NEWS

Matter and spirit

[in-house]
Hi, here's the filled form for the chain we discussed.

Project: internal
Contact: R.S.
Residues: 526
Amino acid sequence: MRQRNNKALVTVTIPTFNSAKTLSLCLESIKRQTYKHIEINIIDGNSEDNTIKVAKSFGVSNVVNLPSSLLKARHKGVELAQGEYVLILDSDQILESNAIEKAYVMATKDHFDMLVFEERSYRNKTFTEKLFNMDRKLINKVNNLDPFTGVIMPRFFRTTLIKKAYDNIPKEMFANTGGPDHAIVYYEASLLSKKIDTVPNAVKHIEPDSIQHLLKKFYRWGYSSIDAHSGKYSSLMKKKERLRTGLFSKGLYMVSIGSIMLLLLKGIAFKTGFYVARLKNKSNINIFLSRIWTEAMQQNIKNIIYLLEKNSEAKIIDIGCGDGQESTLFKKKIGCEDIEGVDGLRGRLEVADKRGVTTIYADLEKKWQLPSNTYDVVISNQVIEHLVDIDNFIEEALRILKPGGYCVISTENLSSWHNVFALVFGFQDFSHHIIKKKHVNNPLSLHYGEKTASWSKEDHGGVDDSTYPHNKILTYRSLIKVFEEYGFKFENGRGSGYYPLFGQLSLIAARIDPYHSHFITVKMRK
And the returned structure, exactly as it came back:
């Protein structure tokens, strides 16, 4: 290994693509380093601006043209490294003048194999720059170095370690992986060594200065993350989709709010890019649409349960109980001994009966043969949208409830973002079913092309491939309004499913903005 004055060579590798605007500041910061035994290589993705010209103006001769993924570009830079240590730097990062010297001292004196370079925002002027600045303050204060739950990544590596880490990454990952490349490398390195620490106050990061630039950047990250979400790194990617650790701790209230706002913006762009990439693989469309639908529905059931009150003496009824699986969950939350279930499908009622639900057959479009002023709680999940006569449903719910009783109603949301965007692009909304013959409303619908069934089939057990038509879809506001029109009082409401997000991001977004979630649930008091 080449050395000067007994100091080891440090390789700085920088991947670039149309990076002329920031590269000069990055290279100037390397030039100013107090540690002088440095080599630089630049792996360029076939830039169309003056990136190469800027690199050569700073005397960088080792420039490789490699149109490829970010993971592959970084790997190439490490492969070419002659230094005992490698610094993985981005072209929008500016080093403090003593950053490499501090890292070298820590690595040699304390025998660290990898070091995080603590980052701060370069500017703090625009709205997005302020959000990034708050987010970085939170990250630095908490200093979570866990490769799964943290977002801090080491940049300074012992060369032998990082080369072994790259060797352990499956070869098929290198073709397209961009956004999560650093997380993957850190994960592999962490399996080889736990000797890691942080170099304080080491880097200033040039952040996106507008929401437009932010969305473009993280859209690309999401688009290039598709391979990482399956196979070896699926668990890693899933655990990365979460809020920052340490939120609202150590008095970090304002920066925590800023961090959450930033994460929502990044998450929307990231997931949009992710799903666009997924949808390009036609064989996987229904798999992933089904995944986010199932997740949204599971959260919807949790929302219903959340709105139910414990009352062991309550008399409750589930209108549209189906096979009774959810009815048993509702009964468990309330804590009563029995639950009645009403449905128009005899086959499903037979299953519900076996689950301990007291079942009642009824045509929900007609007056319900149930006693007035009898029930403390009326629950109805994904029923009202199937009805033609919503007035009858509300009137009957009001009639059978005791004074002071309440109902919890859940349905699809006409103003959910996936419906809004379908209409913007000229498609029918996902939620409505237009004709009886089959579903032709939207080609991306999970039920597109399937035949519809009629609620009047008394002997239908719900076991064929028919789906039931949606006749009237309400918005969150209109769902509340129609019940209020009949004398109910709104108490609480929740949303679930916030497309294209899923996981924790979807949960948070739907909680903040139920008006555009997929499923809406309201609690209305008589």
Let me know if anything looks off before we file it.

For hundreds of years, the people of the West – the children of the Enlightenment, in other words – scoffed at the idea that some of the best minds of the Middle Ages were preoccupied with discovering how many angels could dance on the head of a pin. If the intellectuals of that period did indeed wrestle with such an issue, they were probably trying to understand at which precise point spirit may meet the material world. For them, the holy (the angels) were as real as the infinitesimally small bit of matter that constituted the head of a pin. Today we are no longer laughing. We have found an equivalent riddle for our own age: How many demons can be born of the point of a pencil? Who could have predicted that Muslims across the world could rise up in a global protest against Denmark because one of its newspapers published a series of 12 satirical cartoons depicting the Prophet Muhammad? For Westerners, this is a sudden revelation that the Middle Ages are not that far away and that many people still believe that sacred things exist in real terms; they are paramount and not just part of a system of ideas. We in Greece are a little less surprised at the turn of events. We understand the need for citizens to express themselves freely. Because of our long relationship with neighbors from other civilizations, we also understand the need to respect the sensitivities of others. Furthermore, as part of the Byzantine world, the Greeks lived out their own drama with regard to whether sacred figures should be portrayed in art, in the great, long and bloody Iconoclast controversy which ended with the defeat of the iconoclasts some 1,200 years ago. Also, as descendants of ancient Athens and the first democratic system of government (in which Aristophanes could satirize, without fear, the state’s leaders and his gods) we understand that no law and no state can impose on its citizens what they can think, what they can write, what they can draw. On the other hand, the people who lived on Byzantium’s borders first came into contact with the faithful of the new religion of Islam, resulting in some of them adopting the Islamic (and Judaic) ban on representing the sacred, with devastating consequences for the Christian empire’s tranquility for the next few centuries. And so today, as a border people of the European Union, the Greeks are perhaps in a better position than many other Europeans to understand that one should not treat the religious sensitivities of others superficially. The troubled region in which we live has made us more sensitive than people who do not have serious problems on their borders. (This comes at a heavy price. How often have we not sighed, «We are not Denmark,» when contemplating the huge amounts we must spend on our defense?) Now, very unexpectedly, we see the Danes have become the target of Muslim rage across the world, even though their country has been more welcoming than most for migrants. Perhaps Denmark’s great distance (both geographically and historically) from great masses of Muslims created the illusion in a large number of Danes that the world is more or less the way they see it. As a result, a Danish writer’s difficulty in finding an illustrator who would draw Muhammad for a children’s book on religion inspired an editor at the Jyllands-Posten newspaper to commission cartoons of the prophet for the newspaper last September. A few years ago, nothing more may have come of this. But today many Muslims live in Denmark. They felt insulted by the breaking of the ban on portraying Muhammad, even more so by the fact that some of the cartoons equated the holiest figure in their religion as the representative of the terrorism that plagues our age. But our age has other, unprecedented dynamics as well. The Internet – the most «Western» of creations – and satellite television have brought all the fragments of the world into one restive whole. The outrage of Muslim in Denmark can drive hundreds of thousands of protesters out onto the streets of Tehran, Damascus, Istanbul and countless other cities. Suddenly, a small country in Europe’s north can become the object of hatred for a group of more than a million people because of a publication by one newspaper. (It remains to be seen, of course, how spontaneous the protests are and how much they are born of political considerations. But that is another issue. In any case, such political exploitation can result only from tapping a deep-seated belief.) Whether or not we agree with the editors of the newspapers which reprinted the cartoons, the cartoonists themselves and the principled government of Denmark which supports freedom of speech, the one thing that is certain is that these 12 cartoons shook the world. We have learned that the wit of a satirical cartoonist can move the matter of millions of people. We have also learned that our world has just become considerably smaller and more uncomfortable. It is as if we are standing on pins.